The Venice Neighborhood Council sent a letter to the board in December upon learning that LAUSD was considering slashing the adult education budget.
“The California Education Code (Sections 8500, 12050-12060) specifically states that all adults in California are entitled to certain rights that include the opportunity to acquire the knowledge and skills necessary to participate effectively in today’s economy and society and participate in courses designed to meet the particular needs of the local community,” wrote Venice Neighborhood Council President Linda Lucks.
“Dismantling such a program is not only shortsighted and illegal, but it is also an unconscionable act that could result in leaving many individuals and families without access to much needed resources. We urge you to abandon this decision, guarantee job programs and open your discussions and criteria for such a decision to the public immediately.”
The California Council of Adult Education is keeping an eye on what transpires in Los Angeles.
“We’re very, very concerned about how LAUSD proceeds on this because what happens in Los Angeles tends to happen throughout the state,” said Chris Nelson, the council’s president. “(Eliminating adult education) could have a disastrous effect on adult learners throughout the state.”
Venice Emerson-Adult Community School Principal Cynthia Tollette said that during her 30-plus years as an adult educator and administrator, she has never seen the situation so grim.
“There are 250,000 students that will be disenfranchised if (the budget cuts) happen,” she said. “Everyone at the school is so stressed. We’re on pins and needles.”
Students in adult education studies pursue a variety of academic paths, included learning English as a second language, taking courses in order to obtain a promotion at their places of employment and earn their general education certificate (GED), the equivalent of a high school diploma.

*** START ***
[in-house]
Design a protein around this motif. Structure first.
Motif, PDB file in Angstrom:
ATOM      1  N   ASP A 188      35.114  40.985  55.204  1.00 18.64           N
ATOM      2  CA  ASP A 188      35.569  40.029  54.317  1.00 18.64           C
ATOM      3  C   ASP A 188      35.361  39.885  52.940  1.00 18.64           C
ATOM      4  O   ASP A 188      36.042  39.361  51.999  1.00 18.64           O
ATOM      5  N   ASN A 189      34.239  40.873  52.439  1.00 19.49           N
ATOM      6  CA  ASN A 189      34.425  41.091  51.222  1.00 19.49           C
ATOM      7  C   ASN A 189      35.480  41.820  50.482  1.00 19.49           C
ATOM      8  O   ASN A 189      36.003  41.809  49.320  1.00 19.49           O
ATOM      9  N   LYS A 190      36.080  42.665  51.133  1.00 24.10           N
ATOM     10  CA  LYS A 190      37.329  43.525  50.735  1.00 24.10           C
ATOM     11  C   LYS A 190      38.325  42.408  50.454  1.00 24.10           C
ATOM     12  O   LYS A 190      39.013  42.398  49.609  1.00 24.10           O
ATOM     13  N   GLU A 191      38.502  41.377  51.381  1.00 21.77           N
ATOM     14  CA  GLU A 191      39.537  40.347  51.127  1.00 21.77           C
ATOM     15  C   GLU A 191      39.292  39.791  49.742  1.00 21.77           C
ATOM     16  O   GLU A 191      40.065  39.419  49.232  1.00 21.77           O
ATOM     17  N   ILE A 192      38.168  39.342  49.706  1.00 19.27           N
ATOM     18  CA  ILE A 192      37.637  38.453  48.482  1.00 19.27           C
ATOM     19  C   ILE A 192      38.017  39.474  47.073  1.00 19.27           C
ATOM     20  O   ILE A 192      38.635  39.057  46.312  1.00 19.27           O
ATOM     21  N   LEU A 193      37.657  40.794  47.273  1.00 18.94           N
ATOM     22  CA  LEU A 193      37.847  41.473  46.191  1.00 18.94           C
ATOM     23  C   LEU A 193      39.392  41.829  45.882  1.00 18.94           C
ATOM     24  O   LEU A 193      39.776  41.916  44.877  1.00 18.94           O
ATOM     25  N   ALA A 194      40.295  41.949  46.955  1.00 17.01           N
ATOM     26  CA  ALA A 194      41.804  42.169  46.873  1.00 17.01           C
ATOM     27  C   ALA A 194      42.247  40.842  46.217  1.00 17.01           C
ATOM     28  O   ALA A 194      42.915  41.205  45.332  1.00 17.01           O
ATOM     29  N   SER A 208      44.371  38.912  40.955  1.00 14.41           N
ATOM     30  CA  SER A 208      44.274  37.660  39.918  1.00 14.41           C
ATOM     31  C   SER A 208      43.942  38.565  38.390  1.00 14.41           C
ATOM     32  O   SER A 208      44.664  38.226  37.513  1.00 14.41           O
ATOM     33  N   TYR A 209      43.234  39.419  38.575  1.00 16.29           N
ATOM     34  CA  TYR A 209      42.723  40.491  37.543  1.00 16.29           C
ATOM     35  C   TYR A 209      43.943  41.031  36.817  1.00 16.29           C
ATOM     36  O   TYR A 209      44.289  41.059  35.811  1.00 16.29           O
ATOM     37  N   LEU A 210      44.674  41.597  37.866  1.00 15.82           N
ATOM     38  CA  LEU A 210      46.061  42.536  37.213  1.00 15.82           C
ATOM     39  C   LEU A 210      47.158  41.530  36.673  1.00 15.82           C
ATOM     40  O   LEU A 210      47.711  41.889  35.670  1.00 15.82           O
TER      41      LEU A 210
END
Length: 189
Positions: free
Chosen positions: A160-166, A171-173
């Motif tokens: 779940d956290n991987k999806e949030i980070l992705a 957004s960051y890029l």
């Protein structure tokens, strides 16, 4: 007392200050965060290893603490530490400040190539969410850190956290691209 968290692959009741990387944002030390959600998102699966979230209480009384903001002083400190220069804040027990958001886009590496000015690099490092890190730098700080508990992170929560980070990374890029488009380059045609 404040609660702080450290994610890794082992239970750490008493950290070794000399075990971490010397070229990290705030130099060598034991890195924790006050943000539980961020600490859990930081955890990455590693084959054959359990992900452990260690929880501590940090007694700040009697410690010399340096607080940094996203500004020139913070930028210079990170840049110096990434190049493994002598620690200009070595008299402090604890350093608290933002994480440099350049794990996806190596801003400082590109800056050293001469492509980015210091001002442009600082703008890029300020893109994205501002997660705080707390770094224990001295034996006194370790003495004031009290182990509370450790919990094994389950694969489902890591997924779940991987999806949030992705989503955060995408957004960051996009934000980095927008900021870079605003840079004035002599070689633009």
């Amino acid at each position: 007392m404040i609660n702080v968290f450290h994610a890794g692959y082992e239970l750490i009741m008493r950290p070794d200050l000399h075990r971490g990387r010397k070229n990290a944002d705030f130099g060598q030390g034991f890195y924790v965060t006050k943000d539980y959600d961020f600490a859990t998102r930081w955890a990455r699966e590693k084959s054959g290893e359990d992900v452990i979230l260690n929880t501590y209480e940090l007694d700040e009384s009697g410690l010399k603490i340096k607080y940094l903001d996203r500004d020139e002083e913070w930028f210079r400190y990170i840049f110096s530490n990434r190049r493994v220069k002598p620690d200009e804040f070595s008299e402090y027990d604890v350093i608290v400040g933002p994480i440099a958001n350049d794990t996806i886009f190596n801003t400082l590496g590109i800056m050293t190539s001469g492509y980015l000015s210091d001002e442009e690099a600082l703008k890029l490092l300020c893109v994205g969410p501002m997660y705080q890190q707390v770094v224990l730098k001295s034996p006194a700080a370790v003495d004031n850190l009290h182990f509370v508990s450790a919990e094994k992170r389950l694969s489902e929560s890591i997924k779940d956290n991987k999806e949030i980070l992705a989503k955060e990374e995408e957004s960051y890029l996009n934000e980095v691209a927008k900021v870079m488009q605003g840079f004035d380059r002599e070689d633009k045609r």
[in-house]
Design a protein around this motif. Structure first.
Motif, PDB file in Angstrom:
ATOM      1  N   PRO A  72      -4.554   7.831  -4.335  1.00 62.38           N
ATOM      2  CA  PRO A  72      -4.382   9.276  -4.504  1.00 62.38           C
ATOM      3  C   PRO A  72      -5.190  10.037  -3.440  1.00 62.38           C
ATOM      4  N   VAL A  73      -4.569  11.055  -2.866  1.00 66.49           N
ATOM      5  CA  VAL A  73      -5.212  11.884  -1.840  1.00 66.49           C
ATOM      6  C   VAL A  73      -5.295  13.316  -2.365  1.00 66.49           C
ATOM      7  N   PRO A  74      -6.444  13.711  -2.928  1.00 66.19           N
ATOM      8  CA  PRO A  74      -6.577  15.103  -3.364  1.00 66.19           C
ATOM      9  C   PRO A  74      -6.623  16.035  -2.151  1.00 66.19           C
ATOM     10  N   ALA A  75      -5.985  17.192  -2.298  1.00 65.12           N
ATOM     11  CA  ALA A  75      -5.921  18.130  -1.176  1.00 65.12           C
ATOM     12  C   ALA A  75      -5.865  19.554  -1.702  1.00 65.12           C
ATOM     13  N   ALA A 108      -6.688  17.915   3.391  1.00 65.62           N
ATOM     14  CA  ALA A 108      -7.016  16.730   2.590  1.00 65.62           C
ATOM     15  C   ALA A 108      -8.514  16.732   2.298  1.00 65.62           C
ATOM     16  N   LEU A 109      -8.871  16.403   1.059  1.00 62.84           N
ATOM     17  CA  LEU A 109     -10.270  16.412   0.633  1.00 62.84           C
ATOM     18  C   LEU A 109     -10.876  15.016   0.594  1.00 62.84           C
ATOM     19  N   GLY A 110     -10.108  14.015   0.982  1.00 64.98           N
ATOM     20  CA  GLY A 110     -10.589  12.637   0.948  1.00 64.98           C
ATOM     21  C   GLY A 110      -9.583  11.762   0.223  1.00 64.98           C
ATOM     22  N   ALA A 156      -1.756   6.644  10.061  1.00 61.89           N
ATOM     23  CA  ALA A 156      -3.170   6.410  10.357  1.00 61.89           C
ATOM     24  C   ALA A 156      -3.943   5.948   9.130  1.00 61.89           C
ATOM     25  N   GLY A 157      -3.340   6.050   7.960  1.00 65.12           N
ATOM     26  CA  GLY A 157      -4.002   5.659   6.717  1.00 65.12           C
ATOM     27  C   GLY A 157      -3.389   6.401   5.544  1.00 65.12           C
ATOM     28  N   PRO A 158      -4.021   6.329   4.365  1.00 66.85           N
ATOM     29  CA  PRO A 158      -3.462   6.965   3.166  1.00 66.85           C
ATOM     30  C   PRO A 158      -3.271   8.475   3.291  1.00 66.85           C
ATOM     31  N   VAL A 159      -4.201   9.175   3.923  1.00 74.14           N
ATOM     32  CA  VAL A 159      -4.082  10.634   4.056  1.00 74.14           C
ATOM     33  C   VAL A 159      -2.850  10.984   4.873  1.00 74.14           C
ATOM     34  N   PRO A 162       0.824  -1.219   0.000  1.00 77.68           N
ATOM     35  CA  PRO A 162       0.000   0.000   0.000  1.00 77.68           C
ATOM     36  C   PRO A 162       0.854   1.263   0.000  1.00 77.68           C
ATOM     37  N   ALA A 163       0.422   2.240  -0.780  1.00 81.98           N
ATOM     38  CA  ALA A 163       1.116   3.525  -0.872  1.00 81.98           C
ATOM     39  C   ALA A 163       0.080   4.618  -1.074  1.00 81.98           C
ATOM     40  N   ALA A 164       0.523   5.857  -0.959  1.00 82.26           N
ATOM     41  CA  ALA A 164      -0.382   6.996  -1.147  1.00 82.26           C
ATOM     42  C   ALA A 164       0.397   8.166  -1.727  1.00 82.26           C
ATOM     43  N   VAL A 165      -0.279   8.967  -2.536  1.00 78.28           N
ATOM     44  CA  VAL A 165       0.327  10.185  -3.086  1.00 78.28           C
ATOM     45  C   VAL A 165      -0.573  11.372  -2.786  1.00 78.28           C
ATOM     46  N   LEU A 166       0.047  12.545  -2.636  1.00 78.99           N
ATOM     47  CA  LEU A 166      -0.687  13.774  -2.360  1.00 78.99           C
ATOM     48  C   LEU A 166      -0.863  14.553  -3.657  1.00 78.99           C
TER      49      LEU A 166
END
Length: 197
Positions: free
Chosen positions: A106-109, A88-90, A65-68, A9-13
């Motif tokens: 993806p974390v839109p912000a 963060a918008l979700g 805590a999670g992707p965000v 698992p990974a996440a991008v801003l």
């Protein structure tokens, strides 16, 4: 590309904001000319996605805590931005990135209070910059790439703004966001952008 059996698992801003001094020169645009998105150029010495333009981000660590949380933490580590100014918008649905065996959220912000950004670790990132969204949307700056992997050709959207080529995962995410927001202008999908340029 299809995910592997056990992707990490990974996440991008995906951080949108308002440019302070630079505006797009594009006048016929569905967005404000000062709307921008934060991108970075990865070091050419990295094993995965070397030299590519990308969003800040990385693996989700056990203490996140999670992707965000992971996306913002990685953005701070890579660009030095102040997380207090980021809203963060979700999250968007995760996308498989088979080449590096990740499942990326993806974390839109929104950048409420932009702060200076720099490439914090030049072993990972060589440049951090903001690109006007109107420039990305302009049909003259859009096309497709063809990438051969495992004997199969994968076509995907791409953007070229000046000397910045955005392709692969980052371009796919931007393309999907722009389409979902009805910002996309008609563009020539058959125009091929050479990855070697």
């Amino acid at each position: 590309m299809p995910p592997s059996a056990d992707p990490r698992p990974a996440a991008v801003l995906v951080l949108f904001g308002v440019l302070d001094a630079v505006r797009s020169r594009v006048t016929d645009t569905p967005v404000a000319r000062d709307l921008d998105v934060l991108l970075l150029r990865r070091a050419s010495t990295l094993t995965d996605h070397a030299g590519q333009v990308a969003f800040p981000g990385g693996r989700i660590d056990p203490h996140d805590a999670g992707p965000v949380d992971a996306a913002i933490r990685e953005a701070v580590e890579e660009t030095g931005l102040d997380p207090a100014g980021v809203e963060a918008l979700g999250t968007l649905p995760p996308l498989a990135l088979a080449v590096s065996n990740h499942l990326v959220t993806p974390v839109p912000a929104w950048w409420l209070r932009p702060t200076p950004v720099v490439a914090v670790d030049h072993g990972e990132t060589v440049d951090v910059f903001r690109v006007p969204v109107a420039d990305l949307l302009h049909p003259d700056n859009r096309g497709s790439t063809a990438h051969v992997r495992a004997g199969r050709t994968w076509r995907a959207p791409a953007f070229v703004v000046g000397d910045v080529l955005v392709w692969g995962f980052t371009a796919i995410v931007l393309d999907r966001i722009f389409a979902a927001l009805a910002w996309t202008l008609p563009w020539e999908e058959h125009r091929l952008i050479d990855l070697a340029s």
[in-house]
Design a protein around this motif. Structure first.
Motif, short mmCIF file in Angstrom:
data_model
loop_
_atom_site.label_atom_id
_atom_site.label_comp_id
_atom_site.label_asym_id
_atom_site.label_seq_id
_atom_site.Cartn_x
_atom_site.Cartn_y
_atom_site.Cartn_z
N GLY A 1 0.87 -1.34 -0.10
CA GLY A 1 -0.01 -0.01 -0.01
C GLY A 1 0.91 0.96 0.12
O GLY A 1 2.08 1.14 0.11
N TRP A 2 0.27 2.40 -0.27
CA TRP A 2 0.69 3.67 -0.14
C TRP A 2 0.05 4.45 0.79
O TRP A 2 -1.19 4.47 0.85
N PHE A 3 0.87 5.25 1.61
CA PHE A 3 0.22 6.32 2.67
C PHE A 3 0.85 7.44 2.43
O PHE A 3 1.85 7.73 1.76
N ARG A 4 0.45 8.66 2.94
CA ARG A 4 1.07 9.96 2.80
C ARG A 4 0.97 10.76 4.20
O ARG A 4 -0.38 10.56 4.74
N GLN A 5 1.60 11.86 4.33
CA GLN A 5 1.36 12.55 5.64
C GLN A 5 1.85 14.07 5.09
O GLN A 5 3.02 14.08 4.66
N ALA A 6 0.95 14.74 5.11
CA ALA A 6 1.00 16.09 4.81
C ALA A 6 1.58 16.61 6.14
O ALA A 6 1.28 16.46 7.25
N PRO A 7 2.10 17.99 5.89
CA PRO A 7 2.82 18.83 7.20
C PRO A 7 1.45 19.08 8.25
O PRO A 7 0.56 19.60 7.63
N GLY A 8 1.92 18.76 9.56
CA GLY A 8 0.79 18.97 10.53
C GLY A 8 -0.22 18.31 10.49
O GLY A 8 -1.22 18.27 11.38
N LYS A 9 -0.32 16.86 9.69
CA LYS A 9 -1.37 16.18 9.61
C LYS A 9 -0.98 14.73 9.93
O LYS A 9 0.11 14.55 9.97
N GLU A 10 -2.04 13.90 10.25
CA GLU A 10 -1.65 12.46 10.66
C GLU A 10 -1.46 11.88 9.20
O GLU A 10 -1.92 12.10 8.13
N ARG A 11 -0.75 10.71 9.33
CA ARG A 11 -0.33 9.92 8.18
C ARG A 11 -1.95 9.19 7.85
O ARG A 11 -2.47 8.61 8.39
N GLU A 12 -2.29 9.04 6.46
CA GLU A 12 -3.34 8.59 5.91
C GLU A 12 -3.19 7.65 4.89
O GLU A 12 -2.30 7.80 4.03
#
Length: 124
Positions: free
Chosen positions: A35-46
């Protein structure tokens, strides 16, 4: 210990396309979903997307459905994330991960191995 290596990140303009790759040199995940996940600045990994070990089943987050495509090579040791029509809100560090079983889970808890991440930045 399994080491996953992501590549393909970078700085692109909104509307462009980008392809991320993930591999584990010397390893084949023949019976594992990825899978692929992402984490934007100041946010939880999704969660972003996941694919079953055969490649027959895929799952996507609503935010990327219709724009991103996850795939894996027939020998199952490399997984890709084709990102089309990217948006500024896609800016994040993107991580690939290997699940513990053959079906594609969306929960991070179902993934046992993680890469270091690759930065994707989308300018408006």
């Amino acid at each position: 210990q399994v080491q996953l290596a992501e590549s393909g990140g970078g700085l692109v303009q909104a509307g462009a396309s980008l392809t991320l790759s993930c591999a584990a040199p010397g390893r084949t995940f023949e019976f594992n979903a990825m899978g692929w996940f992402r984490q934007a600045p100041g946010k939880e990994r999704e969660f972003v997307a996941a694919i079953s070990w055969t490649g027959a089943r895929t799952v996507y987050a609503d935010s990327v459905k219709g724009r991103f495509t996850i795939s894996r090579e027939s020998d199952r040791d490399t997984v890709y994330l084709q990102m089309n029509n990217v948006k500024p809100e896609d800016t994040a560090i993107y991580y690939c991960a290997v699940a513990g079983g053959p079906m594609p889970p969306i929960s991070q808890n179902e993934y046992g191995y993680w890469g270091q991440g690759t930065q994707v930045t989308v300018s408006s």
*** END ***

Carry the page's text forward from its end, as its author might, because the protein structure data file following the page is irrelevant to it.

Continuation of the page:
Jeremiah Andrews has been attending classes at the Venice adult school since August and wants to become an electrician. He realized that in order to pursue his career, he is required to pass algebra, the course that he is studying.
“The school is close to my home, so this makes it easy for me to come to class,” said Andrews, who lives in Culver City and works as a caterer. “This is my way to make a better future for myself and my family, and without it I would be stuck in my current job.
Nelson said school districts, including LAUSD, do not view adult students as equally as they do other students.
“It’s evident that they are not a priority,” he said. “A school district’s main mission is to educate K-12 students and matriculate them into institutions of higher learning.”
Tollete said educators in adult education programs also could become casualties of LAUSD budget cuts.
“It’s so disappointing,” she said. “People are completely frustrated.”
Zimmer did not return calls for comment.